Starring Jennifer Lawrence, Chris Pratt, Michael Sheen, Laurence Fishburne and Andy Garcia. Screenplay by Jon Spaihts. Directed by Morten Tyldum.

The more I learn about how the industry operates these days, the more I come to the conclusion that at our current moment in Hollywood history, for a big-budget studio picture to turn out even halfway decent qualifies as some kind of goddamn miracle. The lesson of the Sony hack and all those leaked development emails –the ones I think I’m supposed to pretend I didn’t read voraciously– is that when such large numbers are at stake, there’s so much panicky meddling from so many micro-managers on so many executive levels that it’s almost impossible for expensive blockbusters to *not* end up all pear-shaped and incoherent.

Passengers is the last what-the-fuck-were-they-thinking debacle to be released in a year that’s been lousy with them. Majorly miscasting two hot young talents who I think we’re all starting to feel like we’ve seen quite enough of for a little while, thanks – it’s a $120 million science-fiction chamber piece hinging on an act of violation so monstrous it shatters the film into a thousand pieces. What happens in this movie is really, really horrifying. But then thanks to either market research, cowardly execs or perhaps just filmmakers who are sociopaths, the pretty movie stars quickly get over it and live happily ever after.

There’s no way to properly discuss Passengers without inciting the wrath of the Spoiler Police, so if you can’t deal with plot details please close your browser right now and trust me that the movie sucks. Thanks for reading and happy holidays.

Okay, for everyone still here: Chris Pratt stars as one of 5,000 intergalactic pioneers happily snoring away in hypersleep chambers on a 120-year-voyage to an off-world colony. Rotten luck for our hero, there’s a malfunction in his pod and he wakes up about ninety years too early. Unable to fix it, he’s destined to die alone on this giant, empty spacecraft before any of his fellow passengers so much as stir. Pratt wanders around in increasing despair for about a year or so, getting drunk with a robot bartender (the very amusing Michael Sheen) and growing a hilarious fake beard.

He eventually becomes fixated on a sleeping beauty played by Jennifer Lawrence and dude gets the bright idea of sabotaging her pod and waking her up so at least he won’t be alone anymore. (Also hey, she looks like Jennifer Lawrence and it’s not like she’ll have any other options out here.) Of course viewers with even the tiniest scrap of morality realize that this is, for all intents and purposes, murdering her –or at the very least condemning her to the same purgatorial existence in which he suffers– but within the arc of the movie it’s really not such a big deal and everyone moves on rather quickly, considering.

So, yeah. Passengers could have made for a brutal psychodrama about male entitlement. I spent most of the time wishing Roman Polanski had re-written and directed it. But instead we’ve got Morten Tyldum, whose Academy Award-nominated direction of The Imitation Game was so anonymous I remain half-convinced his name might be an acronym for a committee of some sort. He mostly hangs back here and lets genius cinematographer Rodrigo Prieto (who also shot Scorsese’s Silence this year) go to town with 3D planes of action in the cavernous, luxuriously empty spaceship.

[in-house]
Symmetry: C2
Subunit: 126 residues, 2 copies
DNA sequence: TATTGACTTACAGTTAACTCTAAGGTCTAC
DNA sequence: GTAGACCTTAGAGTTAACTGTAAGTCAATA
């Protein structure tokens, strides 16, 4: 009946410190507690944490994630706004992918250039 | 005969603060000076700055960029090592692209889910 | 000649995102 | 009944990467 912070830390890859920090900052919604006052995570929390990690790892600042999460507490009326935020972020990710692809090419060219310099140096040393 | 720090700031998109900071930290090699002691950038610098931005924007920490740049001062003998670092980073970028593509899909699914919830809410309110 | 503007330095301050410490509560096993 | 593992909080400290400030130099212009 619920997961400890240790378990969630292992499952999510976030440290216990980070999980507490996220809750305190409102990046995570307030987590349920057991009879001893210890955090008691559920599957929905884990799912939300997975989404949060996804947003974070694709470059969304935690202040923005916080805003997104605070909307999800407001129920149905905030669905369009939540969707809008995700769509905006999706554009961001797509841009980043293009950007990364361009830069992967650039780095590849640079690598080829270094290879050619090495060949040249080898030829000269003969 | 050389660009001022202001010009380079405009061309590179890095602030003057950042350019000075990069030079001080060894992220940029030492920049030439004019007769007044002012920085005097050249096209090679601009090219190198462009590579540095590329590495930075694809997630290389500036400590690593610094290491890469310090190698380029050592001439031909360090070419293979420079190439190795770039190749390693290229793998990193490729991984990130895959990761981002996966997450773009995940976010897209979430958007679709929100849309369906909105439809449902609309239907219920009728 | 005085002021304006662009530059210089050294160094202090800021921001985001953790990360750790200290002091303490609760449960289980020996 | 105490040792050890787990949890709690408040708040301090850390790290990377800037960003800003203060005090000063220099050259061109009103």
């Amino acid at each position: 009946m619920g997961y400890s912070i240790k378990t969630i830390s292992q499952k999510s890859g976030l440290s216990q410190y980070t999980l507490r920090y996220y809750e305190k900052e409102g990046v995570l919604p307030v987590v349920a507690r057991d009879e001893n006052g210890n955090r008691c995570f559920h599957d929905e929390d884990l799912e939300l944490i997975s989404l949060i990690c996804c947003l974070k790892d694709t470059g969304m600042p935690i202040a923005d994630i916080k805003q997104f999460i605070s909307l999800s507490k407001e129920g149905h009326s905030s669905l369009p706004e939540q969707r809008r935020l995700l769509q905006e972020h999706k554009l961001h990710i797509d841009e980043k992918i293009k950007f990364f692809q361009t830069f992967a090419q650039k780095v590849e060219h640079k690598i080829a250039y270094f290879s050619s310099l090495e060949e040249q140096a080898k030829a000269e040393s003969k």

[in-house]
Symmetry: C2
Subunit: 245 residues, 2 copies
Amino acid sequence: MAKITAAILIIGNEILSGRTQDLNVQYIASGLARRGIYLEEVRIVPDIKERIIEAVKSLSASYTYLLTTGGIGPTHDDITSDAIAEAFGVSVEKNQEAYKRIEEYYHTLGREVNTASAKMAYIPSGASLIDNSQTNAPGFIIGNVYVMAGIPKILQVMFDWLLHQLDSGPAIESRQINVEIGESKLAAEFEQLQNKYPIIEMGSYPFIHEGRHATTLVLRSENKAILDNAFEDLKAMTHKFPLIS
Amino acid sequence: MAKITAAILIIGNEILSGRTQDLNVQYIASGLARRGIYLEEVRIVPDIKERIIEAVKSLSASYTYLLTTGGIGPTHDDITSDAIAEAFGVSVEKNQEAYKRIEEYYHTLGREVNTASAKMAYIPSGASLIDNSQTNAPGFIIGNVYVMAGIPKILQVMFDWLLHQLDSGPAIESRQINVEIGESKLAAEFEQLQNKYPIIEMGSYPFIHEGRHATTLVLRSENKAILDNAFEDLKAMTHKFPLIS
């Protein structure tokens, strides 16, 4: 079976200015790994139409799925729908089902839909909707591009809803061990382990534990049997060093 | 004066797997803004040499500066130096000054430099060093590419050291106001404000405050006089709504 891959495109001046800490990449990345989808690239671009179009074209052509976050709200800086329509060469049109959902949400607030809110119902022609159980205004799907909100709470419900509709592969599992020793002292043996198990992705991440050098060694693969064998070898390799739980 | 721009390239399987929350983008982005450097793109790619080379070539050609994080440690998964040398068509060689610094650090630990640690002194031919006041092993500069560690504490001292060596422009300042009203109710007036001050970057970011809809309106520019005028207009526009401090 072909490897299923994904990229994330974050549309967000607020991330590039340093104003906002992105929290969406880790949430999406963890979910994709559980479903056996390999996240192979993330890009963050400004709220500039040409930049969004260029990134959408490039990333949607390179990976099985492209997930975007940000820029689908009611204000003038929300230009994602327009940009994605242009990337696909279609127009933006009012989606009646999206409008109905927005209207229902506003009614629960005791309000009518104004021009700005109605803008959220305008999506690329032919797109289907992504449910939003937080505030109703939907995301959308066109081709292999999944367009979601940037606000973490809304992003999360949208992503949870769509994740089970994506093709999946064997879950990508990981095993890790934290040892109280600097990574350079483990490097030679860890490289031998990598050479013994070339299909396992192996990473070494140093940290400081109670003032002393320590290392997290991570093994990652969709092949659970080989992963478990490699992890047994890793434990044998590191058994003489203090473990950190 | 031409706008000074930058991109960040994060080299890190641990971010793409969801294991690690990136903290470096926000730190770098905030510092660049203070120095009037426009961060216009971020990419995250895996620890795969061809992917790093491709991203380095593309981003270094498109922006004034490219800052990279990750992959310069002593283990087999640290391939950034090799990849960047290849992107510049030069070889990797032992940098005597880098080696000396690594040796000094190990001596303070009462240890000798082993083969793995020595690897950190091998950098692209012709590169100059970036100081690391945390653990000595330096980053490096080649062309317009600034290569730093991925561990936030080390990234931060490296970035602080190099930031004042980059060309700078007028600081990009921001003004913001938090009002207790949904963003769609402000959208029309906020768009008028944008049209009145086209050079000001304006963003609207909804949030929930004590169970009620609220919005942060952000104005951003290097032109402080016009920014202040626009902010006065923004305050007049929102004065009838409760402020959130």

There’s a nifty, hair-raising effects sequence during which Lawrence is swimming when the ship’s gravity simulator craps out, but it has so little to do with anything it could have been removed without changing the story in the slightest. (In fact, I’m even having a difficult time deciding where to mention it in the body of this review.) Passengers is a great-looking movie that does not appear to have any discernible point of view on its material.

Ditto for the great-looking stars, neither of whom has ever been this uninteresting on film before. You’d think our protagonist would be suffering some guilt over selfishly robbing this woman of her future, but besides batting his puppy-dog eyes once in a while, Pratt’s decidedly not the kind of actor who conveys inner turmoil. (I liked him better back when he was a funny fat guy.) Lawrence is given frightfully little to do besides look amazing in a bathing suit and cheer on our hero while he does heroic, manly stuff with wrenches and levers to fix the foundering spaceship.

Oh yeah, I almost forgot. Instead of resolving the “Hey, you woke me up and sentenced me to die alone with you, pervert” conflict that dogs the movie for a matter of like fifteen minutes, Jon Spaihts’ screenplay brings the characters back together by having them repair a lot of catastrophic mechanical problems and allows her to be so awed by his amazing, manly prowess with tools that she falls swooning back into his arms.

In the Roman Polanski version of Passengers that was concurrently running in my mind, the only logical ending was for Pratt to die while fixing the ship and leave us with Lawrence a year or two later, sick with loneliness and contemplating the sin of waking up another sleeping passenger. Alas, this particular version of the movie ends with a bizarre cameo from Andy Garcia eighty-odd years in the future, mugging for the camera when he discovers that our lovebirds have planted trees in his spaceship. He’s speechless, as was I.


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